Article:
Are all ablaze
With ever-living glory,
Does not deny
His majesty
He scorns to tell a story!
He don't exclaim
"I blush for shame
So kindly be indulgent,"
But fierce and bold
In fiery gold
He glories all effulgent.

W.S. Gilbert

Bags Mon 15-Oct-12 08:48:33

Effulge is a verb – to shine out

Refulgent is an adjective describing something radiant, refulgence the related noun.

Bags Mon 15-Oct-12 08:49:30

Oh! I see, absent. Scrub my last in that case. grin

absentgrana Mon 15-Oct-12 08:52:55

Effulgent is an adjective, effulgence is a noun so still no difference Bags. The only difference I can see is in the source: effulgere – to shine brightly; refulgere – to shine out – and even that difference has been lost in

Lilygran Mon 15-Oct-12 09:13:08

I think you should all watch yourselves. This discussion is dangerously highbrow and getting Latinate and I'm beginning to feel intimidated by the polyester. iPad prefers that word to polysyllable.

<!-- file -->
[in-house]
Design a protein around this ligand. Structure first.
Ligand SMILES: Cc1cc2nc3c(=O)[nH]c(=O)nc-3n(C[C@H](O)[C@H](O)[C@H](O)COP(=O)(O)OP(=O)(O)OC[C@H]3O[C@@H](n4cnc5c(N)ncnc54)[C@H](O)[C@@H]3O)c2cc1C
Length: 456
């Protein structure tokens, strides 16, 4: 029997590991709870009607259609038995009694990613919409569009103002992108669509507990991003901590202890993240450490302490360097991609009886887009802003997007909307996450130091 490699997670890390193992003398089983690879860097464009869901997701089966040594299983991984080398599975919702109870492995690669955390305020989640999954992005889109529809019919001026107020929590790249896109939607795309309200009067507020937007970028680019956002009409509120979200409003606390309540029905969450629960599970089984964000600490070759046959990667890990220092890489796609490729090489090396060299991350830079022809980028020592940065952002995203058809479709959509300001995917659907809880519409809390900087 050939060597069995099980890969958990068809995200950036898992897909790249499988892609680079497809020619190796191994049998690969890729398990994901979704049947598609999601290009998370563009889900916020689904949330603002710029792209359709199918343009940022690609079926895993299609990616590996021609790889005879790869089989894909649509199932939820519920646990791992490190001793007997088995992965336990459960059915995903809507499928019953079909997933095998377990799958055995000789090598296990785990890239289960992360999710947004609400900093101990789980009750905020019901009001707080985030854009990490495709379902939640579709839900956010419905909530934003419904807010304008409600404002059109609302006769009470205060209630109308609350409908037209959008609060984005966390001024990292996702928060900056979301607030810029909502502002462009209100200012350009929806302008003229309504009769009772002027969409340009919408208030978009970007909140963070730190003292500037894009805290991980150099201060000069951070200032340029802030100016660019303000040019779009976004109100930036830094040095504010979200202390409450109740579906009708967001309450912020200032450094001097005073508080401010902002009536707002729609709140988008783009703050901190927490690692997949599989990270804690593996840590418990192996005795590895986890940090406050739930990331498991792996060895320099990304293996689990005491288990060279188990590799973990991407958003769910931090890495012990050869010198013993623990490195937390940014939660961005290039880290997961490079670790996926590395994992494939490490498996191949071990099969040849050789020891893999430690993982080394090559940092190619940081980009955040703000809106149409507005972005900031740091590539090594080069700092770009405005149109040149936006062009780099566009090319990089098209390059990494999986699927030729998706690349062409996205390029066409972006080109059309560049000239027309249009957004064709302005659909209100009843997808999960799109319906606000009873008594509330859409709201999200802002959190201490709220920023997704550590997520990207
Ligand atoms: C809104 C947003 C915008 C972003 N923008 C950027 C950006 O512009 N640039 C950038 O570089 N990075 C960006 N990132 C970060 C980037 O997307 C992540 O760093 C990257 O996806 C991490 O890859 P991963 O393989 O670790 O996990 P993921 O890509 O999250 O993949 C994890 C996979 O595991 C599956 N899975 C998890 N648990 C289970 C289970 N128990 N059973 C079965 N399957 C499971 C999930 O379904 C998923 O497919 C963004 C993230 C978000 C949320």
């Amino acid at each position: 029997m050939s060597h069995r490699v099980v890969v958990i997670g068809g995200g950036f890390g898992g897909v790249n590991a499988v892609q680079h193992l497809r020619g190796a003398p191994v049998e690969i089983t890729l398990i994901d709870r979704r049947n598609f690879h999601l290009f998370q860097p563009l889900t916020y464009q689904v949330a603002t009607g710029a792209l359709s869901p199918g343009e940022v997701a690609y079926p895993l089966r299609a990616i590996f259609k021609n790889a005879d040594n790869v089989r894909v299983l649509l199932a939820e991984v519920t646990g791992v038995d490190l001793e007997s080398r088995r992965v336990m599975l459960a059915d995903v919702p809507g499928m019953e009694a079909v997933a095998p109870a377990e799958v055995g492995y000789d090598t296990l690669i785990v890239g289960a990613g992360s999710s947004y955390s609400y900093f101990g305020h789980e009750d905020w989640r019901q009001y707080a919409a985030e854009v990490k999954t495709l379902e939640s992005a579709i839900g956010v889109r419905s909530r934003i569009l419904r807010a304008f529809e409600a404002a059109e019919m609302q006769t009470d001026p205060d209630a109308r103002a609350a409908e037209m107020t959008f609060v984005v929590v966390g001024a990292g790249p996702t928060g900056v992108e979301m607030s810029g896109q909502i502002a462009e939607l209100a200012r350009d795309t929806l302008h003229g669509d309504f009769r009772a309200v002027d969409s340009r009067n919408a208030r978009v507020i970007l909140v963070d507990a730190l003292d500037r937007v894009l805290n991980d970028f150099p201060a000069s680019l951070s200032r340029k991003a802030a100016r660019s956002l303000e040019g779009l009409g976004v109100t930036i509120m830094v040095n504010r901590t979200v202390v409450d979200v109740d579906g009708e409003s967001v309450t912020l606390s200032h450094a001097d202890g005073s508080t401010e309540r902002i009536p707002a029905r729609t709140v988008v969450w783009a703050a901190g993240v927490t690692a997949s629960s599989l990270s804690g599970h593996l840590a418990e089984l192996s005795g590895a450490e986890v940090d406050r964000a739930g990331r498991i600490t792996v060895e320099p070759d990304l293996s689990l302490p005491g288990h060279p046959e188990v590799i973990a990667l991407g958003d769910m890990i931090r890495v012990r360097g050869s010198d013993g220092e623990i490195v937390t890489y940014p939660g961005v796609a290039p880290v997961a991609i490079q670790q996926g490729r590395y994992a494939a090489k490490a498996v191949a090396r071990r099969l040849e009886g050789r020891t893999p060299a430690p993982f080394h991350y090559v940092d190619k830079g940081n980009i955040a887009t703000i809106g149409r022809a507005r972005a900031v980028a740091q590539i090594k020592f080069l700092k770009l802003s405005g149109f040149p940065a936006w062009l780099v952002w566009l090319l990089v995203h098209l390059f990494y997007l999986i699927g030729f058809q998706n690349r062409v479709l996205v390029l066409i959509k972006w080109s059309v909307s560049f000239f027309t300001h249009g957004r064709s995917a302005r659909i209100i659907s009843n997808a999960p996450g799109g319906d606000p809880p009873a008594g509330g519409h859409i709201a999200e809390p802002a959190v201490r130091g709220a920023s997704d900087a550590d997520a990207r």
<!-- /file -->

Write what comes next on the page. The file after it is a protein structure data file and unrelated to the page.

feetlebaum Mon 15-Oct-12 09:13:19

As for tautology - the most irritating example for me is 'foot pedal'.

What other kind of pedal is there?

Bags Mon 15-Oct-12 09:19:17

lily, grin grin

Elegran Mon 15-Oct-12 09:20:41

Well, I have read about people "pedalling" drugs, but I don't think a drugs dealer would use a bicycle. I don't know though - less traceable than a car reg.

Mother Theresa could have remembered the injunction "inasmuch as ye do this for the meanest of my people ye do it for me" and exhortations to feed the hungry and clothe the naked, as much as to care for their souls, and educating and emancipating women to better do these things for their families is also doing God's work.

absentgrana Mon 15-Oct-12 10:11:22

Elegran She could have done…

Mishap Mon 15-Oct-12 11:00:25

Feetlebaum - your Hitch quote is a perfect example of both his pithy style of writing and his genuine concern for humanity.